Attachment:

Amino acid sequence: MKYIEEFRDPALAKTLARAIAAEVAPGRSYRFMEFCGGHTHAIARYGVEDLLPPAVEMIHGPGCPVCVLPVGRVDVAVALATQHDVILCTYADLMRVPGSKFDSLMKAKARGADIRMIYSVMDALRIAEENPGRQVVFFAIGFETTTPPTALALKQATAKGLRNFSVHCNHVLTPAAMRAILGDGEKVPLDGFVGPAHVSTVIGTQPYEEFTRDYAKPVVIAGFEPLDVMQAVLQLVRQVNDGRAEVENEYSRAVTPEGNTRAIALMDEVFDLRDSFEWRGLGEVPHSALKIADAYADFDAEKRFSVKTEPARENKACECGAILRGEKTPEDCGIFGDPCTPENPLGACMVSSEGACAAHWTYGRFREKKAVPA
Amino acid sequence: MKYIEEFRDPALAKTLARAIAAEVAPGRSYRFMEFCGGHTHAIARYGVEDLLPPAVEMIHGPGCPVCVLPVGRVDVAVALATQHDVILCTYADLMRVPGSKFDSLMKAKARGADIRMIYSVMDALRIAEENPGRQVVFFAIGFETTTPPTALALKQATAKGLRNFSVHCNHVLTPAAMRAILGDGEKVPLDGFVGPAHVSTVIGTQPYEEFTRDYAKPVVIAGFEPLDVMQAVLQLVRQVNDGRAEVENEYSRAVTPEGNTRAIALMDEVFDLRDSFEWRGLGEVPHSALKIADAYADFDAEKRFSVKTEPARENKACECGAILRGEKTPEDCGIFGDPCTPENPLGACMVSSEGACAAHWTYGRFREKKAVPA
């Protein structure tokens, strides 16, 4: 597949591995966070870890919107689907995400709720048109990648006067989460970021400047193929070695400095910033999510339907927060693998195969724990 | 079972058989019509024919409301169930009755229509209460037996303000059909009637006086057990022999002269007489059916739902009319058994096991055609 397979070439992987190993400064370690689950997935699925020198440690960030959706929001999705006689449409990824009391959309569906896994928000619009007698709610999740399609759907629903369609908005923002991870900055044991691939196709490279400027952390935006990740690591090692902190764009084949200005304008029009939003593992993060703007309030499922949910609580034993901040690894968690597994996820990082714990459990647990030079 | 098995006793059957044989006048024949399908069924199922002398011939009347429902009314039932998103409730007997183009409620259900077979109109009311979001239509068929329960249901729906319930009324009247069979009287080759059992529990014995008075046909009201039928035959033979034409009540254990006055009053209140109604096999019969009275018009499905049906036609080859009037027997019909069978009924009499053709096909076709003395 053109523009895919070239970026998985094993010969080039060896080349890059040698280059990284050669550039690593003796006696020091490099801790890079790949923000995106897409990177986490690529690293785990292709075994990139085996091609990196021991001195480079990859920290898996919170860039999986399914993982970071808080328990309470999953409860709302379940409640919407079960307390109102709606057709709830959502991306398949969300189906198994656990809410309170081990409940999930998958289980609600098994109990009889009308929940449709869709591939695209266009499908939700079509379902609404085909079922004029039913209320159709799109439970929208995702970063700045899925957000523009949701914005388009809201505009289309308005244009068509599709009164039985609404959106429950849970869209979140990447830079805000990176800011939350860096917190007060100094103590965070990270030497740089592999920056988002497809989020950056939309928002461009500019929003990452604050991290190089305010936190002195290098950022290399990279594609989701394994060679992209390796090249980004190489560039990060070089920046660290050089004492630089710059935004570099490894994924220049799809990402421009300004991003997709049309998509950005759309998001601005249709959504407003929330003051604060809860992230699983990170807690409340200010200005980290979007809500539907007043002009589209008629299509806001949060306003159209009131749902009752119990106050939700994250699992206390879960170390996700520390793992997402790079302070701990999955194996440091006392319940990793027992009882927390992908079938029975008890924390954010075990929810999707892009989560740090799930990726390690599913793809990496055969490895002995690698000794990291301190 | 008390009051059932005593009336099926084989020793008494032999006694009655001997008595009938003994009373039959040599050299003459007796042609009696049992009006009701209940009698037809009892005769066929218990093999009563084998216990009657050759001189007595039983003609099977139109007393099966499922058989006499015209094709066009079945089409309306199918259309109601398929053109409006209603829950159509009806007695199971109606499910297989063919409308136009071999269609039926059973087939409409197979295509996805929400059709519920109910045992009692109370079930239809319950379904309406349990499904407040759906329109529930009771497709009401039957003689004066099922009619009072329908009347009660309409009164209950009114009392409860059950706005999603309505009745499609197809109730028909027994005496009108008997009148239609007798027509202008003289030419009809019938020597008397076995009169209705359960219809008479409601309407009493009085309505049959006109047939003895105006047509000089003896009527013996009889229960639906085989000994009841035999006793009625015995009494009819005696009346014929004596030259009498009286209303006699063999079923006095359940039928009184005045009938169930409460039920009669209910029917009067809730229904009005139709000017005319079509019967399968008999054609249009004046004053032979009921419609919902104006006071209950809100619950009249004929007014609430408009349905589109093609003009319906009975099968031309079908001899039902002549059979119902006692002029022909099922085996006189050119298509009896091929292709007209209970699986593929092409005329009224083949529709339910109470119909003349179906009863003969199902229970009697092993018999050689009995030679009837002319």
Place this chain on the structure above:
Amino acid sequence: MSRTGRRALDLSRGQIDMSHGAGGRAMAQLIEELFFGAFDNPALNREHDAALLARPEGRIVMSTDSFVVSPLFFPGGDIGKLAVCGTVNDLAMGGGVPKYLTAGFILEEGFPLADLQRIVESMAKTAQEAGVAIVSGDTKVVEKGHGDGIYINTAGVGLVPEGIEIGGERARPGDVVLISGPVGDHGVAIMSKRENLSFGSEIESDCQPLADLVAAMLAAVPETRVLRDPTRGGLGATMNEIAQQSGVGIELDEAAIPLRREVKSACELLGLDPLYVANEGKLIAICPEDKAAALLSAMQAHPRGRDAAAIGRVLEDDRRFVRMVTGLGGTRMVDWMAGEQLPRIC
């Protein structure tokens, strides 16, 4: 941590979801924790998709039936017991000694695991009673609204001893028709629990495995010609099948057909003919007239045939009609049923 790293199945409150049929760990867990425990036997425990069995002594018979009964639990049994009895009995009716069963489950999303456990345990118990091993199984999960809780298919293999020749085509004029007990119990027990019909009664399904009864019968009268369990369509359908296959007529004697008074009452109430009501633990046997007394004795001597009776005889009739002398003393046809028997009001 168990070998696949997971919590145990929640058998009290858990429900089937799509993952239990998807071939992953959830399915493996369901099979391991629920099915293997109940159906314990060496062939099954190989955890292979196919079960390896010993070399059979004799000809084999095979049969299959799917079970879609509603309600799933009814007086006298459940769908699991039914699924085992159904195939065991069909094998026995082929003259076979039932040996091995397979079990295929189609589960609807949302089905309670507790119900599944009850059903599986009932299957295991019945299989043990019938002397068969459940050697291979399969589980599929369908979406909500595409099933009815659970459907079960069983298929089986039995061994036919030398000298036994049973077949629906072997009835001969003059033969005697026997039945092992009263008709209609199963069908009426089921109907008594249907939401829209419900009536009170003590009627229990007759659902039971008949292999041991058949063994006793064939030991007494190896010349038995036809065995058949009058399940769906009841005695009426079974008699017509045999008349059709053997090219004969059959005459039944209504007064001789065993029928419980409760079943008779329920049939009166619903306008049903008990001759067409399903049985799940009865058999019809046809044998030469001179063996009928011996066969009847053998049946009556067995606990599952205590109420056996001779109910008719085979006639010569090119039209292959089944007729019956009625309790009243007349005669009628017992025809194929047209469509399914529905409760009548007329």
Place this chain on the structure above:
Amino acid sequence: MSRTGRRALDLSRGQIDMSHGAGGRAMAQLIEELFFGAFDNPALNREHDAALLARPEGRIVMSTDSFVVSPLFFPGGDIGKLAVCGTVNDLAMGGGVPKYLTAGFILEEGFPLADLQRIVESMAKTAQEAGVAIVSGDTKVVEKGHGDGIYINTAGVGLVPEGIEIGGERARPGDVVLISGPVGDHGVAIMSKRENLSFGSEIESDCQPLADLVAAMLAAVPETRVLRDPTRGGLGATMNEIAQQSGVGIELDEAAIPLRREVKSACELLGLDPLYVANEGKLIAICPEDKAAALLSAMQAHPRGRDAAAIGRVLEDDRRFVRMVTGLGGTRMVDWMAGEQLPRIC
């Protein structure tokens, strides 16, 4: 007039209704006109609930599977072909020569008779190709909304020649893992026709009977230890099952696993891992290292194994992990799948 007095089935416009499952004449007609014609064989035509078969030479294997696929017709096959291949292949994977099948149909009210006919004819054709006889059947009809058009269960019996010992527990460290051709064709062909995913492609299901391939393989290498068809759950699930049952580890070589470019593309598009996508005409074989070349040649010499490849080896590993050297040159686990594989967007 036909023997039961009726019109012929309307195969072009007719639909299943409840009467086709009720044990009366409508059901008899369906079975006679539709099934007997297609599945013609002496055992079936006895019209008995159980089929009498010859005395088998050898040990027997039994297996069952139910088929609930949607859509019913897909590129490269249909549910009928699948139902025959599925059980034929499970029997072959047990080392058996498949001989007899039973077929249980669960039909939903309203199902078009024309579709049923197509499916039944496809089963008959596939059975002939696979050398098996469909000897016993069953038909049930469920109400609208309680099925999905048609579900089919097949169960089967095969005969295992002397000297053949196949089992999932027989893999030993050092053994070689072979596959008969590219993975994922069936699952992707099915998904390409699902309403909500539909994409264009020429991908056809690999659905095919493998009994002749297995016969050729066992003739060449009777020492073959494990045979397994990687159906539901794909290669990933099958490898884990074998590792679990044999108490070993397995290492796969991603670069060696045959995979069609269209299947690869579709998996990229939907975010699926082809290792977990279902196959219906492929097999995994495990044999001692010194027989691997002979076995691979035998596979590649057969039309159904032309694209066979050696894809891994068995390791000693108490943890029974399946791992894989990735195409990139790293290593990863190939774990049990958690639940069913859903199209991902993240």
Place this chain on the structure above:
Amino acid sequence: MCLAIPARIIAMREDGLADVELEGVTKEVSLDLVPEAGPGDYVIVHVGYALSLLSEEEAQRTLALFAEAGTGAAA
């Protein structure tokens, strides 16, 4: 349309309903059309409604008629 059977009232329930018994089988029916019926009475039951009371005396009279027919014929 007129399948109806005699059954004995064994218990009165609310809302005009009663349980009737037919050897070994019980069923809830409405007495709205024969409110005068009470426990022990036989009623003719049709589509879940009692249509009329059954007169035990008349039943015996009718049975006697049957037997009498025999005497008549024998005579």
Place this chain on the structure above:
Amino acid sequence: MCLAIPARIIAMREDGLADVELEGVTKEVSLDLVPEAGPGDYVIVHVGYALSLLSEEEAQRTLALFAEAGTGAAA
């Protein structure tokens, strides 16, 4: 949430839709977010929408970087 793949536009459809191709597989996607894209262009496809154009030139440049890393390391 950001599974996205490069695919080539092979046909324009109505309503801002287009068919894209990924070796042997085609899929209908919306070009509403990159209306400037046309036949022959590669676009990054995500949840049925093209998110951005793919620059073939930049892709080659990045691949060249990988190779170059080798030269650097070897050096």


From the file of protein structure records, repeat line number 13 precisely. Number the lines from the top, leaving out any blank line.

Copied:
Place this chain on the structure above: